The former South African President, Nelson Mandela, once said:
Real leaders must be ready to sacrifice all for the freedom of their people.
This notion of servant leadership is one that continues to tease Africa’s political elite today. Yesterday’s struggle for freedom has largely become a battle of details and varying degrees concerning accountability, transparency, and service delivery. As many countries on the continent work to outstretch the shadows of economic uncertainty and political lethargy with indeterminate strongholds of power, some leaders have difficulty finding their place in the sun.
Each year, the Ibrahim Prize for Achievement in African Leadership aims to highlight a former head of state for exceptional service but also engage citizens in a conversation to change perceptions of African leadership. The Mo Ibrahim Foundation believes that,
without excellent leadership at the top, efforts made by those at all levels of leadership will not reap the rewards deserved
and yet dishearteningly, another year has gone by without a winner. At best it demonstrates the Prize’s unwavering commitment to keep to its mission despite on the one hand the merit of the award being put in question, and on the other hand fielding calls for for the funds to invest in Africa’s youth rather than its ‘geriatric leaders’.
The weight of sacrifice, however, seems to be carried by the common people while others use political and economic access for self-benefit. This quest for power knows its own terms as allegations of manipulation surround presidential stewardship in Burundi and Uganda while citizens in in Somalia, the Democratic Republic of Congo, and Kenya prepare for a horizon filled with contentious elections. To be sure, each of these challenges must be explored with great respect to the many nuances they contain. A fluid interpretation of circumstance and rule of law may allow for compromise and political innovation, but does it come at the expense of stronger institutions? And so, the continent looks to its current leaders for answers.
During this year’s World Economic Forum for Africa, Rwandan President Paul Kagame put things into context when he said: “Sometimes it’s about Africanising democracy, rather than democratising Africa. It’s imperative that we drive our own agenda for the best interests of our nations and progress of the continent.”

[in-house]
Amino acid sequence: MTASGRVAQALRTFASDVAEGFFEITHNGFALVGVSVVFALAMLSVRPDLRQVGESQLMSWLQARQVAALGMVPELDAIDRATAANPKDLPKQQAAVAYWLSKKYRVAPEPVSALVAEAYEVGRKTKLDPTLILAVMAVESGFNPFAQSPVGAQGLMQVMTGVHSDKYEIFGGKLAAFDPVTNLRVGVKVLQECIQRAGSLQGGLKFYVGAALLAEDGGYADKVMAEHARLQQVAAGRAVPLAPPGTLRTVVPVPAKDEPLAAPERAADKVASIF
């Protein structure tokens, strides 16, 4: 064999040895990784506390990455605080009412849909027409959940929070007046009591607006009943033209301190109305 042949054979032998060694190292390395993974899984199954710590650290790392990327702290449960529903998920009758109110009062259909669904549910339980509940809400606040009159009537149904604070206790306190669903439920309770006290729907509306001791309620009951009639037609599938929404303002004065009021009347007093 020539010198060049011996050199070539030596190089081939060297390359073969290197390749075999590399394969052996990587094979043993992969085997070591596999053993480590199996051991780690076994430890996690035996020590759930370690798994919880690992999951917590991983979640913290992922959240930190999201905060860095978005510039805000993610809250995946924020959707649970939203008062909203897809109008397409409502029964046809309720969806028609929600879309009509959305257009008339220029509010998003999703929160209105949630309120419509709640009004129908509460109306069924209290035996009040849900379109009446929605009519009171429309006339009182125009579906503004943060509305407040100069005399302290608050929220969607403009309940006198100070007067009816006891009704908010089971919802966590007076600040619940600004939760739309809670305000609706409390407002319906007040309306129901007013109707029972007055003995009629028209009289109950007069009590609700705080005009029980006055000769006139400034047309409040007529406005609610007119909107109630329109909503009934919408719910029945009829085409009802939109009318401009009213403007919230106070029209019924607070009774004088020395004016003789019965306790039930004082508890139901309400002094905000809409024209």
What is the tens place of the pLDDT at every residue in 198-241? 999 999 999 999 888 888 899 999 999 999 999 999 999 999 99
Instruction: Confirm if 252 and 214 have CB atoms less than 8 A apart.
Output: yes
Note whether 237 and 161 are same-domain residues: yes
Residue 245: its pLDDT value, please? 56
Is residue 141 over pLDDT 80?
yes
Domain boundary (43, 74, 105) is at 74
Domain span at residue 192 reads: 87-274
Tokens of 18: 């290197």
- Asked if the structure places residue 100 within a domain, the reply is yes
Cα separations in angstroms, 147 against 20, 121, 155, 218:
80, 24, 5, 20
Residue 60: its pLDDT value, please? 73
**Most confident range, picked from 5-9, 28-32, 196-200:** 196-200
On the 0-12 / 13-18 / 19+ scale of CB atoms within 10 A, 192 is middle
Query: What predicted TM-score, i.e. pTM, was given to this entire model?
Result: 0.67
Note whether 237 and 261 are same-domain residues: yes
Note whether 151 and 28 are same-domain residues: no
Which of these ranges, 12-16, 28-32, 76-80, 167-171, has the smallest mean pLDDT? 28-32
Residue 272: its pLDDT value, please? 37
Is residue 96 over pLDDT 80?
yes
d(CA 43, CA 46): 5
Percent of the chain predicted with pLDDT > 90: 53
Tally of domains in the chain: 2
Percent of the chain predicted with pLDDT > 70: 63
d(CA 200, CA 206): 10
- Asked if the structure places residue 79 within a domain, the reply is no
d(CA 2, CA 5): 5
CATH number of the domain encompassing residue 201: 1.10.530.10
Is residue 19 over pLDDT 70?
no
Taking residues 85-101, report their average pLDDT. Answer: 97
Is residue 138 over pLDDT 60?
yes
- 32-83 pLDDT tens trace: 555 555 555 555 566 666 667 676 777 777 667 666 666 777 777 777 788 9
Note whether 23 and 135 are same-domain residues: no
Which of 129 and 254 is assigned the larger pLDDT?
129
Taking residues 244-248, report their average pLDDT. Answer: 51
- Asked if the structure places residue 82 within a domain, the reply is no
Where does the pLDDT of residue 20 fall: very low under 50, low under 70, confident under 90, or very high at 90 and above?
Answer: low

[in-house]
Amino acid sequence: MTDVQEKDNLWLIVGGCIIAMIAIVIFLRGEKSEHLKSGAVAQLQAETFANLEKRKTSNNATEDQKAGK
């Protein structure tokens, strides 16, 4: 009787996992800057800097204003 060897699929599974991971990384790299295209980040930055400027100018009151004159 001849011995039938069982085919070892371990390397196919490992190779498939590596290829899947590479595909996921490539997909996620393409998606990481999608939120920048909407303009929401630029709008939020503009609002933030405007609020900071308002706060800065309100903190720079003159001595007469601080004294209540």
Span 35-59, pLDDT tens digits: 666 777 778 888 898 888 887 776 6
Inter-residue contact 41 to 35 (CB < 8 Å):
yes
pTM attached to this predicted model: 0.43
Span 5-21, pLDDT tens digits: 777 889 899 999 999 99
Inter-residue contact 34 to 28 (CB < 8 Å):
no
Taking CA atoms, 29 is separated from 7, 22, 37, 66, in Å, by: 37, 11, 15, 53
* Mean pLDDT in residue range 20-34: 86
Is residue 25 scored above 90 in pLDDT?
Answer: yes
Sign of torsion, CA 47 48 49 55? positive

At a time when the political governance pendulum is swinging backwards for some countries, Kagame’s statement is a powerful reminder that Africa’s choice on the way forward remains unclear.
As individual countries prioritise their economic approach, the African Development Bank has attempted to track progress on the most pressing issues for the continent in what it calls the High fives to achieve economic prosperity by 2025: power, food security, integration, industrialisation, and improved quality of life. To achieve such progress, political will needs to be coupled with practical steps by African leaders and global ones alike. For instance, losses from illegal capital outflows from creative wealth management such as that seen in the Panama Papers, to blatant corruption rid the continent loses nearly $50 billion each year. These losses undoubtedly hinder nations’ abilities to deliver desperately needed services such as roads, electricity, health, and education. African leaders must play their part in global financial reforms not only to foster development in Africa, but also to curb terrorism and other illicit activities.
As more data becomes available, assessments like the Ibrahim Index of African Governance become valuable tools to explore safety and rule of law, participation and human rights, sustainable economic opportunity, and human development. But many questions remain: what will it take for the continent’s leaders to move beyond themselves and their own personal interests? The idea must not only be to sacrifice for one’s country, but also to foster a greater sense of unity within the country. Can each family’s pursuit of a better life be more closely aligned with the community’s development as a whole? Before addressing these complex issues, it is best to find an agreed starting point – how many communities does it take to raise a nation? All of them.
The idea must not only be to sacrifice for one’s country, but also to foster a greater sense of unity within the country.
Although there is no clearly defined minimum standard of leadership, citizens must be sensitised to increase their civic engagement in order to hold today’s leaders accountable and set the foundation for the young leaders of tomorrow. Rather than narrowly focusing on democratic reforms, leadership and governance should also be explored at the ground level with particular focus on the continent’s rapidly growing youth population, which is expected to reach about 400 million by 2025. If the Swahili proverb that wisdom is wealth can be applied to Africa’s governance context, then African countries should be rich with the experience required to overcome these challenges so that future African leaders are recognised as valuable players in global governance, in light of democracy or otherwise.